There is a multi-billion-dollar ‘motivation’ industry that feeds on the fact that most people don’t know what strong leadership looks like, or how to emulate it. Companies bring in consultants to ‘improve the team’s motivation.’ What a waste of time! Nobody comes to work to do a bad job. We all want to use our brains and hearts, but too often corporate or institutional rules, hierarchy, conflict, lack of planning or bureaucratic fear get in our way. Naturally our motivation plummets then!
You don’t need motivation programs to get people excited. A motivation program is an artificial answer to a man-made problem. We have been raised on fear-based management, on the carrot and the stick. It’s the only kind of management most of us know. We’re so used to it that we don’t see how it hurts us every day to treat our employees like children instead of the talented and capable adults they are.
Thinking adults don’t need rewards to spur them on or punishments to correct their bad habits. Those methods are insulting and ineffective. They are heavy-handed. When you simply hire people you trust and set them loose to amaze you, they will! We have lost sight of a manager’s true job, which is not to push people to hit arbitrary goals on a yardstick. Who would ever be motivated to do that?
We don’t see the pivotal role that a manager plays in his or her team’s success. We even discipline employees for being insufficiently motivated, as though anybody likes to get up and come to work to be bored and thwarted. Job ads say “We want to hire a motivated self-starter!” Here’s the problem with the idea that you can simply hire ‘motivated’ people, then sit back and watch them work: motivation is a function of your environment.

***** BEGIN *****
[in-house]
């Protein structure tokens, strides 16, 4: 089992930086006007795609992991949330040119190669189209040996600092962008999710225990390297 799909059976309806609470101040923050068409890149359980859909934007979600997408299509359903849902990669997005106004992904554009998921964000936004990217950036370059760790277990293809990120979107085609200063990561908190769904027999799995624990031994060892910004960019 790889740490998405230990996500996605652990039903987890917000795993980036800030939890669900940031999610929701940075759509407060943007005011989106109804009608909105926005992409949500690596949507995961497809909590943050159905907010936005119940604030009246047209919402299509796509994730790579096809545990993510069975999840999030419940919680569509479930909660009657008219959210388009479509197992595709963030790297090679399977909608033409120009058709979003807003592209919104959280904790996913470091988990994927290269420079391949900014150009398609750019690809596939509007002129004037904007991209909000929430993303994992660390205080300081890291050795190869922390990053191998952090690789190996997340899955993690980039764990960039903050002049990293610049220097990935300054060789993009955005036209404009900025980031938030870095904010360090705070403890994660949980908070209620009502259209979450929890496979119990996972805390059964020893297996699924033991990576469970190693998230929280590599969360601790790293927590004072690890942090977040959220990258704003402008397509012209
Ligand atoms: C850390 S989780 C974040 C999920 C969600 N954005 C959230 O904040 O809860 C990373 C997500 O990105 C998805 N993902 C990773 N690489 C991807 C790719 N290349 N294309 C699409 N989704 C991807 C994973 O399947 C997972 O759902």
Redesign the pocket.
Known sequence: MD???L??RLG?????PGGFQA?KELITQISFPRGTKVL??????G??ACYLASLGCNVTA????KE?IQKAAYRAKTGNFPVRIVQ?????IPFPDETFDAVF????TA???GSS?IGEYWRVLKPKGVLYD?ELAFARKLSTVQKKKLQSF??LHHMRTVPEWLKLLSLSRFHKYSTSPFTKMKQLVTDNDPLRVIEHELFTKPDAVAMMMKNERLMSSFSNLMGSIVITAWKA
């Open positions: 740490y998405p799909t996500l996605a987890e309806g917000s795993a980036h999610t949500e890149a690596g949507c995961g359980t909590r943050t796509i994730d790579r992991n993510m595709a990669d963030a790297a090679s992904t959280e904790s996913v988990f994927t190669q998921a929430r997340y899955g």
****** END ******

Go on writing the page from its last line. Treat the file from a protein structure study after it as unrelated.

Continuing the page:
It isn’t something that your employees carry around with them, like a tape measure. Motivation programs are an expensive distraction and a waste of time. You can’t nudge and poke people into being motivated. You certainly won’t motivate anybody by criticizing them. The good news is that it’s easy to bring out your team’s natural motivation to solve problems when their work is interesting and worth doing, and when they are given the tools, time and latitude to do a great job. All you have to do to tap the amazing power supply your teammates bring to work with them is to take away the barriers to forward motion that most organizations erect without meaning to.